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Any luck with rabies elimination in Ghana?



Rabies is an acute, progressive, incurable but vaccine preventable zoonotic disease. The causative agents are neurotropic RNA viruses in the family Rhabdoviridae, genus Lyssavirus. Susceptible natural hosts include all mammals. Transmission of the virus occurs mainly via animal bite, and once the virus is deposited in peripheral wounds, centripetal passage occurs towards the central nervous system. After viral replication, there is centrifugal spread to major exit portals, the salivary glands.

 Although incubation periods average 1–3 months, disease occurrence in days or years after exposure has been documented.  Once the clinical symptoms appear, rabies is almost 100% fatal. Globally, the domestic dog remains the most significant species for viral transmission, responsible for millions of suspect human exposures and tens of thousands of fatalities through bites or scratches, usually through the saliva. Rabies should therefore be suspected in patients with a concomitant history of animal bite and traditional clinical presentation.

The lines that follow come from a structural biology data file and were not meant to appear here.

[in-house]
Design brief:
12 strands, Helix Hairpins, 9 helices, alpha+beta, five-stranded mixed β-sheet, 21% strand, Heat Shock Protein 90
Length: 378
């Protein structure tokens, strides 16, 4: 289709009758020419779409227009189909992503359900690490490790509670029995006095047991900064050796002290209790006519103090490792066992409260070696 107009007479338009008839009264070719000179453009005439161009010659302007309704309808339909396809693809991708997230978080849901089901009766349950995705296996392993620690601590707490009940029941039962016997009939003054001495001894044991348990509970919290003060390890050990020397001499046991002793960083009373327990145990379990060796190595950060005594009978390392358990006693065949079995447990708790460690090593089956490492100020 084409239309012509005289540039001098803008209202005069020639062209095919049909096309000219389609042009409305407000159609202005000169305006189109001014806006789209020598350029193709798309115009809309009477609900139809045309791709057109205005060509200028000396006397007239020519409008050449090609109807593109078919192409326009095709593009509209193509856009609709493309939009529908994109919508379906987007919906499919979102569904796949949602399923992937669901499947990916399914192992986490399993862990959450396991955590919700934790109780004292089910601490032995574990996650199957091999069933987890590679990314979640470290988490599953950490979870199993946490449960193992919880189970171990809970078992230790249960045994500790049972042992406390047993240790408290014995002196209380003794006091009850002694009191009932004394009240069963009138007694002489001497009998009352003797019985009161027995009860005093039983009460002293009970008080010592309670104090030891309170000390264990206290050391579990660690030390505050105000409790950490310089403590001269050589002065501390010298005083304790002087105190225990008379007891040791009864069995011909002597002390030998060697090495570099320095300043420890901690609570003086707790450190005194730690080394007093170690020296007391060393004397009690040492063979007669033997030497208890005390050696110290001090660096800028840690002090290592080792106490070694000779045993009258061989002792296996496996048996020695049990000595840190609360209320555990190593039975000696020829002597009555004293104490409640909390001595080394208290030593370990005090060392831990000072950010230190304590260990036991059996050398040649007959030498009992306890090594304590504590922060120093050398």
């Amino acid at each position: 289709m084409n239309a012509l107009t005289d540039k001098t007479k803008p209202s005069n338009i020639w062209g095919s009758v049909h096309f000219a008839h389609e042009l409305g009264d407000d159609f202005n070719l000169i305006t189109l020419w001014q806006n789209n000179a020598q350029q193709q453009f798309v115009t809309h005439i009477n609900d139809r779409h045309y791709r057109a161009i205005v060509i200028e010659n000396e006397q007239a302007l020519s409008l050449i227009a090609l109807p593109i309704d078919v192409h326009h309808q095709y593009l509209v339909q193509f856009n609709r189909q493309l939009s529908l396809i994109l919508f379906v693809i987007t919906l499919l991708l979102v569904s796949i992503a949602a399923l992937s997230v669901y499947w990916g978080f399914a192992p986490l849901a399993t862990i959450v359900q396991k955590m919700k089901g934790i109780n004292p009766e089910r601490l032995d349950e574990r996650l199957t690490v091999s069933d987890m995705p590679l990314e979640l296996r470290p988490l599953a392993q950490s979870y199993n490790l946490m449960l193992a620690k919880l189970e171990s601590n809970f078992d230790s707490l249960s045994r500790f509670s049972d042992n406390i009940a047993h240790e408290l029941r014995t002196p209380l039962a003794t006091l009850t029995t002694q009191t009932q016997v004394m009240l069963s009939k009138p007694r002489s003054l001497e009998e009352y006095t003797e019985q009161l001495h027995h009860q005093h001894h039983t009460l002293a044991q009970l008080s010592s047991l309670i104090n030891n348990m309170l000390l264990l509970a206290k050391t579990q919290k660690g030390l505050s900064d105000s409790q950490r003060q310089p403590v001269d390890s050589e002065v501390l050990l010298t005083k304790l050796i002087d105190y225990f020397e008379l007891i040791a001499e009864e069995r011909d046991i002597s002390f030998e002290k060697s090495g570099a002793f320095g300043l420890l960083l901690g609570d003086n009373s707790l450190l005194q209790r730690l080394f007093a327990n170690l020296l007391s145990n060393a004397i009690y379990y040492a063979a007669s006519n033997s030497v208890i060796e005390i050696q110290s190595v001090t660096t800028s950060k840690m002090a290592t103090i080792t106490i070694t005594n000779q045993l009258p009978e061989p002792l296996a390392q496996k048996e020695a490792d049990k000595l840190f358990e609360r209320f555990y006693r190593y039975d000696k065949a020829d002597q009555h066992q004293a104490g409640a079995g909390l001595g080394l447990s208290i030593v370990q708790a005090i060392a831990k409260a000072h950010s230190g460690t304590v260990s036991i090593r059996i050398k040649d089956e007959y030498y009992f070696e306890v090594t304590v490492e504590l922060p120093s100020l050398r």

According to the WHO, rabies is endemic in more than 150 countries around the world. Even though the disease can be prevented, it kills an estimated 59 000 people each year, mostly in the world’s poorest and most vulnerable communities. About 40% of the victims are children younger than 15 years living in Asia and Africa. A staggering 99% of human cases are acquired via the bite of an infected dog, rather than through exposures to the many and varied wild animals that act as viral reservoirs on different continents.

Ghana’s Rabies Elimination Program


Over the years, several countries have acted to improve rabies control measures by scaling up dog vaccination programmes, ensuring  post – exposure and pre – exposure prophylaxis more accessible to bite victims and persons at high risk such as veterinarians, veterinary technicians, wildlife workers, cavers, trappers etc. These global responses to rabies were fragmented and uncoordinated until the WHO, the UN Food and Agriculture Organization (FAO), the World Organisation for Animal Health (WOAH), and the Global Alliance for Rabies Control (GARC) joined forces to support countries to accelerate their actions towards the elimination of dog-mediated human rabies by 2030 by the creation of a the global strategic plan to end human deaths from dog-mediated rabies by 2030.